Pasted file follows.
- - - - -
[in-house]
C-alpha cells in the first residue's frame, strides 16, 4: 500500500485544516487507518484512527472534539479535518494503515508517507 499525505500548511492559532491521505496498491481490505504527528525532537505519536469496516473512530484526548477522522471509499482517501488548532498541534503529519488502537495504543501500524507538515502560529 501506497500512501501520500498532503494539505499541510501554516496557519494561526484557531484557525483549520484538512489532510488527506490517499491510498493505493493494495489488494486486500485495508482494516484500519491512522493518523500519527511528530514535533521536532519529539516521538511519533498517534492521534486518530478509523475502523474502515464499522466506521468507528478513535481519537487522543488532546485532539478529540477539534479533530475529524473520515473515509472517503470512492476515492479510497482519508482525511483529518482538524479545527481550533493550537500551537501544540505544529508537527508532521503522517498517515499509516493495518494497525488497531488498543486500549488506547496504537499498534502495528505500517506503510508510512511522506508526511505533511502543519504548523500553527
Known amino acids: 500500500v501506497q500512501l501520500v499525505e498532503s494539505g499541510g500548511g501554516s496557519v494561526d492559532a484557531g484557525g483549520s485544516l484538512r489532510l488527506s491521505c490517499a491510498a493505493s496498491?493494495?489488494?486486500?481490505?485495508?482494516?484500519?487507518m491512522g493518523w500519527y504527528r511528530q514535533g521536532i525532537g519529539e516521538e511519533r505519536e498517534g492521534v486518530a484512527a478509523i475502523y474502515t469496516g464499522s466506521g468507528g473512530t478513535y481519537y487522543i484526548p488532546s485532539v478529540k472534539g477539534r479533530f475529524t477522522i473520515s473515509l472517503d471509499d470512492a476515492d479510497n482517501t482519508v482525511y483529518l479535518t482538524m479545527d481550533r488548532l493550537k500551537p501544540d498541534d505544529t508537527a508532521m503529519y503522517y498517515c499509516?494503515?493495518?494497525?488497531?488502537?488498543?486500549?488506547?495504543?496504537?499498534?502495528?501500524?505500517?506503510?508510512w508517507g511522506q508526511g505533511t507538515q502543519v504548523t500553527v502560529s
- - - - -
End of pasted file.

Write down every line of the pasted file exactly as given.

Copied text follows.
[in-house]
C-alpha cells in the first residue's frame, strides 16, 4: 500500500485544516487507518484512527472534539479535518494503515508517507 499525505500548511492559532491521505496498491481490505504527528525532537505519536469496516473512530484526548477522522471509499482517501488548532498541534503529519488502537495504543501500524507538515502560529 501506497500512501501520500498532503494539505499541510501554516496557519494561526484557531484557525483549520484538512489532510488527506490517499491510498493505493493494495489488494486486500485495508482494516484500519491512522493518523500519527511528530514535533521536532519529539516521538511519533498517534492521534486518530478509523475502523474502515464499522466506521468507528478513535481519537487522543488532546485532539478529540477539534479533530475529524473520515473515509472517503470512492476515492479510497482519508482525511483529518482538524479545527481550533493550537500551537501544540505544529508537527508532521503522517498517515499509516493495518494497525488497531488498543486500549488506547496504537499498534502495528505500517506503510508510512511522506508526511505533511502543519504548523500553527
Known amino acids: 500500500v501506497q500512501l501520500v499525505e498532503s494539505g499541510g500548511g501554516s496557519v494561526d492559532a484557531g484557525g483549520s485544516l484538512r489532510l488527506s491521505c490517499a491510498a493505493s496498491?493494495?489488494?486486500?481490505?485495508?482494516?484500519?487507518m491512522g493518523w500519527y504527528r511528530q514535533g521536532i525532537g519529539e516521538e511519533r505519536e498517534g492521534v486518530a484512527a478509523i475502523y474502515t469496516g464499522s466506521g468507528g473512530t478513535y481519537y487522543i484526548p488532546s485532539v478529540k472534539g477539534r479533530f475529524t477522522i473520515s473515509l472517503d471509499d470512492a476515492d479510497n482517501t482519508v482525511y483529518l479535518t482538524m479545527d481550533r488548532l493550537k500551537p501544540d498541534d505544529t508537527a508532521m503529519y503522517y498517515c499509516?494503515?493495518?494497525?488497531?488502537?488498543?486500549?488506547?495504543?496504537?499498534?502495528?501500524?505500517?506503510?508510512w508517507g511522506q508526511g505533511t507538515q502543519v504548523t500553527v502560529s